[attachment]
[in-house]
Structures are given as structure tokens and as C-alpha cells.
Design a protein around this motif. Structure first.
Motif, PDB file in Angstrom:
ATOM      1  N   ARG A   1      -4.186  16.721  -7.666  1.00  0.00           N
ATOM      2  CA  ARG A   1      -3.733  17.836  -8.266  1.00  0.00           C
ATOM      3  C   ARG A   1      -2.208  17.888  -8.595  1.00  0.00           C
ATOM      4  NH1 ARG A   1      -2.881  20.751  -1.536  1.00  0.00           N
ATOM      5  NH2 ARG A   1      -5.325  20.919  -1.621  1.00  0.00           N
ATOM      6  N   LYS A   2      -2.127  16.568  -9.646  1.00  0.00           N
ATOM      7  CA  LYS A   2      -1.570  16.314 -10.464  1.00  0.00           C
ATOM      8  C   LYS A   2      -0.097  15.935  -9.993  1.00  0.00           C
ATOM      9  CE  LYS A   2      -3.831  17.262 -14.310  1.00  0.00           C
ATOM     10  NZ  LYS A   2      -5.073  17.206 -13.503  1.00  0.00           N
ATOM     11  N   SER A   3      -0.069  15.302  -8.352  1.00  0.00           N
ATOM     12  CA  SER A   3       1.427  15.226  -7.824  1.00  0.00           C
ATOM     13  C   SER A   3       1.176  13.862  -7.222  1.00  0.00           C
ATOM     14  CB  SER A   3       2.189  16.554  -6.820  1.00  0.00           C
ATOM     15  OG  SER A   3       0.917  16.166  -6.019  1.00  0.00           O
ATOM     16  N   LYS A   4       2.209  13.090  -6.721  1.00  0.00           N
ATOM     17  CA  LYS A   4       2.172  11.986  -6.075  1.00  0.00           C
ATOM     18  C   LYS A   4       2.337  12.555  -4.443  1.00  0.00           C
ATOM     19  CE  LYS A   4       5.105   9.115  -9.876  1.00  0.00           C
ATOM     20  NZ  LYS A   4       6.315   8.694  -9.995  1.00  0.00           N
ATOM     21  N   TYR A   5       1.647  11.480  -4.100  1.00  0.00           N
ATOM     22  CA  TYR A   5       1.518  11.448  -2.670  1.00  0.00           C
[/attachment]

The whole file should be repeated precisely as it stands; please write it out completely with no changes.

[in-house]
Structures are given as structure tokens and as C-alpha cells.
Design a protein around this motif. Structure first.
Motif, PDB file in Angstrom:
ATOM      1  N   ARG A   1      -4.186  16.721  -7.666  1.00  0.00           N
ATOM      2  CA  ARG A   1      -3.733  17.836  -8.266  1.00  0.00           C
ATOM      3  C   ARG A   1      -2.208  17.888  -8.595  1.00  0.00           C
ATOM      4  NH1 ARG A   1      -2.881  20.751  -1.536  1.00  0.00           N
ATOM      5  NH2 ARG A   1      -5.325  20.919  -1.621  1.00  0.00           N
ATOM      6  N   LYS A   2      -2.127  16.568  -9.646  1.00  0.00           N
ATOM      7  CA  LYS A   2      -1.570  16.314 -10.464  1.00  0.00           C
ATOM      8  C   LYS A   2      -0.097  15.935  -9.993  1.00  0.00           C
ATOM      9  CE  LYS A   2      -3.831  17.262 -14.310  1.00  0.00           C
ATOM     10  NZ  LYS A   2      -5.073  17.206 -13.503  1.00  0.00           N
ATOM     11  N   SER A   3      -0.069  15.302  -8.352  1.00  0.00           N
ATOM     12  CA  SER A   3       1.427  15.226  -7.824  1.00  0.00           C
ATOM     13  C   SER A   3       1.176  13.862  -7.222  1.00  0.00           C
ATOM     14  CB  SER A   3       2.189  16.554  -6.820  1.00  0.00           C
ATOM     15  OG  SER A   3       0.917  16.166  -6.019  1.00  0.00           O
ATOM     16  N   LYS A   4       2.209  13.090  -6.721  1.00  0.00           N
ATOM     17  CA  LYS A   4       2.172  11.986  -6.075  1.00  0.00           C
ATOM     18  C   LYS A   4       2.337  12.555  -4.443  1.00  0.00           C
ATOM     19  CE  LYS A   4       5.105   9.115  -9.876  1.00  0.00           C
ATOM     20  NZ  LYS A   4       6.315   8.694  -9.995  1.00  0.00           N
ATOM     21  N   TYR A   5       1.647  11.480  -4.100  1.00  0.00           N
ATOM     22  CA  TYR A   5       1.518  11.448  -2.670  1.00  0.00           C